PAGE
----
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Japanese culinary enthusiasts should be very familiar with omurice! It is a well-liked dish that is eaten as a home-cooked dinner as well as one that is offered at restaurants. It is steaming hot fried rice all wrapped up in a soft, jiggly omelet. The rice with tomato flavor balances out the sweetness of the dish, and the softly cooked egg is typically covered with ketchup or mayonnaise. It has a smooth, delicious texture and is a comfort food for both adults and children.

Nasi Goreng Kampung, Malyasia

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Nasi Goreng Kampung, or village-style fried rice, is a Malaysian favorite. This Malay meal consists primarily of day-old rice that has been cooked with anchovies, eggs, dried prawns, and kangkung (water spinach). This is a dish that can't go wrong and that you can customize with any additional ingredient you choose, whether it's served with prawn crackers, satay, and cucumber slices or just on its own. To make the flavor of the fried rice more complex, shrimp paste (belacan) is added. It also contributes to the flavor that makes the dish what it is, not to mention the significant increase in umami that it provides.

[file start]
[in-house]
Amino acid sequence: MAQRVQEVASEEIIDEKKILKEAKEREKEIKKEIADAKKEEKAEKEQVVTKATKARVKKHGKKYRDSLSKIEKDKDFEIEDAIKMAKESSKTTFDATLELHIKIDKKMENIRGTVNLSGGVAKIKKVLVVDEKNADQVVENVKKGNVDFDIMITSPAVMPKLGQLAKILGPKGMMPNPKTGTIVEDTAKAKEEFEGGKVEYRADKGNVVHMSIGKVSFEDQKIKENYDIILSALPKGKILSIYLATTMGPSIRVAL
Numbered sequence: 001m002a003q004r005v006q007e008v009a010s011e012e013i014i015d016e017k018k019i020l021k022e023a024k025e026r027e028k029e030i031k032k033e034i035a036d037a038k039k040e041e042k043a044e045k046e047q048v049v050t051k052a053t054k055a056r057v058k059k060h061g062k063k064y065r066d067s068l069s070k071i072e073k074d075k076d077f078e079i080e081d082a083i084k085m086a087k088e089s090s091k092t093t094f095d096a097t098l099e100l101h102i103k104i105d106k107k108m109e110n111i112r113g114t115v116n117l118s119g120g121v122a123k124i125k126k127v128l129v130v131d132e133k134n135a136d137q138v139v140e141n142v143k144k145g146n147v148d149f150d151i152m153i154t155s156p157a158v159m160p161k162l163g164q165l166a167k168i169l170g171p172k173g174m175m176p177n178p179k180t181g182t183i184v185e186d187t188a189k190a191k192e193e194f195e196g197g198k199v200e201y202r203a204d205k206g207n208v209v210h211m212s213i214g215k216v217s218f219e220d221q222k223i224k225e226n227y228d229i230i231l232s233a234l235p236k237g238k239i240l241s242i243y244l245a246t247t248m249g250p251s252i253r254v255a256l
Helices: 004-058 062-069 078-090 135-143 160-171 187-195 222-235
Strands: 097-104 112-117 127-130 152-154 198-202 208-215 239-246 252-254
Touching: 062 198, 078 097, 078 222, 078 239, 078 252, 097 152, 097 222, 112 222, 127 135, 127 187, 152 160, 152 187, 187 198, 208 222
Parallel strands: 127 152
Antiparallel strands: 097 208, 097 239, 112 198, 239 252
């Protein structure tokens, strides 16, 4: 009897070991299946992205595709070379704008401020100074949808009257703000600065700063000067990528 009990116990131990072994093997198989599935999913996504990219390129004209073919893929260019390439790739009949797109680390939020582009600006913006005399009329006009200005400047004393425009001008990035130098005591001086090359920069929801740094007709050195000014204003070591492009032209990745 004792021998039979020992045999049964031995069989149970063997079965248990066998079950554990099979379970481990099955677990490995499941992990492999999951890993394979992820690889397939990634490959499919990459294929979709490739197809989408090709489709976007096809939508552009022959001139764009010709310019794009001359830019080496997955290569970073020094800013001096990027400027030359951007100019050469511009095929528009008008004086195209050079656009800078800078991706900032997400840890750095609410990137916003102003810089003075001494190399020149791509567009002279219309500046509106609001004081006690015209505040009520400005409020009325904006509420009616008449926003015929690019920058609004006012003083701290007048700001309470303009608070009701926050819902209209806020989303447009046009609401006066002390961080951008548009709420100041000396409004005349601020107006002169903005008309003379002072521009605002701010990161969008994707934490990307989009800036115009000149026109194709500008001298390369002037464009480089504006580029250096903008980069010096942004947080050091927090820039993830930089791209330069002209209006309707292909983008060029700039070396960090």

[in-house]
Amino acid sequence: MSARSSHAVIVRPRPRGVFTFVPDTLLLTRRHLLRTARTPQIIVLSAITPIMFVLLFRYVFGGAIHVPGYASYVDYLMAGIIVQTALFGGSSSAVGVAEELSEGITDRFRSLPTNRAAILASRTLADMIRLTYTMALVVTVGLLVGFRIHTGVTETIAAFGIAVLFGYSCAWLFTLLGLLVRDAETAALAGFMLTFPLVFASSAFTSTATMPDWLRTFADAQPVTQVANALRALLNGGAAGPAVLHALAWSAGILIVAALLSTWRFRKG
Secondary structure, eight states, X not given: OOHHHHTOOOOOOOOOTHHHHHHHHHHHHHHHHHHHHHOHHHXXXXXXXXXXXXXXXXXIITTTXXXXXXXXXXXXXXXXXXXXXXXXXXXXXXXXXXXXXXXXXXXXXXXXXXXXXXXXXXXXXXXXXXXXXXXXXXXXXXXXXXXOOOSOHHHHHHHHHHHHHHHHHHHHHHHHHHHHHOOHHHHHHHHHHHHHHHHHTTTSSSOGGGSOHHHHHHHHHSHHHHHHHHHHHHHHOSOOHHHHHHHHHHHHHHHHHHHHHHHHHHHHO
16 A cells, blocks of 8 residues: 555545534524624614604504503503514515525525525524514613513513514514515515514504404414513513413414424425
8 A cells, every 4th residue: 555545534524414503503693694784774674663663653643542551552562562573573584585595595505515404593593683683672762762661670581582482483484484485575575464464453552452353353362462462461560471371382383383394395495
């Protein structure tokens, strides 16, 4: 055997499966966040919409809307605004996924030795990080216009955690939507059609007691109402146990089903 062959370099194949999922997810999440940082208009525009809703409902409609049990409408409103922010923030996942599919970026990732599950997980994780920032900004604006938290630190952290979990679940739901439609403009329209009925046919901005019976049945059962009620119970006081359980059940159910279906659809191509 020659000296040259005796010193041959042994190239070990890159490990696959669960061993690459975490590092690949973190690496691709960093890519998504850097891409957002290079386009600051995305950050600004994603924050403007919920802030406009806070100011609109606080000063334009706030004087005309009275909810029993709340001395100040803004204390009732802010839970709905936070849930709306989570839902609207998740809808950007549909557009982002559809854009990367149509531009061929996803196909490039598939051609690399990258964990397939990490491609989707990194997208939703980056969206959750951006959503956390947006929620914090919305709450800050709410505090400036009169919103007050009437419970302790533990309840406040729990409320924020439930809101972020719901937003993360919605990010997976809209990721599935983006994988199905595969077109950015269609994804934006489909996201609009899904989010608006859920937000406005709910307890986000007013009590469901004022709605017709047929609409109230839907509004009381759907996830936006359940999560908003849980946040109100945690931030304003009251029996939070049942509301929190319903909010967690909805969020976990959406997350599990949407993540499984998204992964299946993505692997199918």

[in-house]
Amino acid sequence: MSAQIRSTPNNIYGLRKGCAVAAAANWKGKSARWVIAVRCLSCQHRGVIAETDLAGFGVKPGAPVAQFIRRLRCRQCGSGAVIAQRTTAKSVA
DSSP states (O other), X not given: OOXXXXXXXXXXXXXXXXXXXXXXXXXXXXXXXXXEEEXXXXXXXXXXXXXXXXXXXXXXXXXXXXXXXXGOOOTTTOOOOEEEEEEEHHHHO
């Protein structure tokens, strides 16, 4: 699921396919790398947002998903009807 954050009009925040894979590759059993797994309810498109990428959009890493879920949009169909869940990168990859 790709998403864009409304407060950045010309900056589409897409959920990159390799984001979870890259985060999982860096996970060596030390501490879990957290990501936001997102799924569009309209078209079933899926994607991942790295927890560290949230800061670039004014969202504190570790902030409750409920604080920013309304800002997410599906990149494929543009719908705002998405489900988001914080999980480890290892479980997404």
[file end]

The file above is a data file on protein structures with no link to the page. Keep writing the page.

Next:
Nasi Goreng, Indonesia

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Nasi goreng is regarded as a staple of Indonesian cuisine. It is a common dish served across Indonesia, especially for breakfast, and can be picked up from buffet tables at dinner parties in urban areas like Jakarta, enjoyed in basic forms from tin plates at roadside food stands, or on porcelain plates in restaurants. Nasi Goreng, which is distinguished by its dark brown, caramelized appearance, is not particularly difficult to prepare. The main component is, of course, sweet soy sauce, which Bahasa Indonesian people affectionately refer it as "kicap manis."